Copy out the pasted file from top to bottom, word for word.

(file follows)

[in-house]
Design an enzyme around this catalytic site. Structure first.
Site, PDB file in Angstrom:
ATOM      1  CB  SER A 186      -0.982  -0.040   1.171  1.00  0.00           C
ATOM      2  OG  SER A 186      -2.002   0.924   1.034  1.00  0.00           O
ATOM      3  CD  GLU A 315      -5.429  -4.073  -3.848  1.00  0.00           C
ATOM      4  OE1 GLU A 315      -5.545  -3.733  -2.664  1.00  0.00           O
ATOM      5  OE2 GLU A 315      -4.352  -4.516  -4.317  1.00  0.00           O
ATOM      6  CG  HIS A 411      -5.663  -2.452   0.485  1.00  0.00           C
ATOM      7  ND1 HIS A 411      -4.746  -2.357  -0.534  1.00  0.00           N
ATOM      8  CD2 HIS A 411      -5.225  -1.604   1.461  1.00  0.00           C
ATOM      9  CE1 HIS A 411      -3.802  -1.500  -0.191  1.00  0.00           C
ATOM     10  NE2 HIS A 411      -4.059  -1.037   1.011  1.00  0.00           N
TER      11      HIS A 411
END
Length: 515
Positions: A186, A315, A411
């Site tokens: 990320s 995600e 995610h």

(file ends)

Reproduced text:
[in-house]
Design an enzyme around this catalytic site. Structure first.
Site, PDB file in Angstrom:
ATOM      1  CB  SER A 186      -0.982  -0.040   1.171  1.00  0.00           C
ATOM      2  OG  SER A 186      -2.002   0.924   1.034  1.00  0.00           O
ATOM      3  CD  GLU A 315      -5.429  -4.073  -3.848  1.00  0.00           C
ATOM      4  OE1 GLU A 315      -5.545  -3.733  -2.664  1.00  0.00           O
ATOM      5  OE2 GLU A 315      -4.352  -4.516  -4.317  1.00  0.00           O
ATOM      6  CG  HIS A 411      -5.663  -2.452   0.485  1.00  0.00           C
ATOM      7  ND1 HIS A 411      -4.746  -2.357  -0.534  1.00  0.00           N
ATOM      8  CD2 HIS A 411      -5.225  -1.604   1.461  1.00  0.00           C
ATOM      9  CE1 HIS A 411      -3.802  -1.500  -0.191  1.00  0.00           C
ATOM     10  NE2 HIS A 411      -4.059  -1.037   1.011  1.00  0.00           N
TER      11      HIS A 411
END
Length: 515
Positions: A186, A315, A411
């Site tokens: 990320s 995600e 995610h």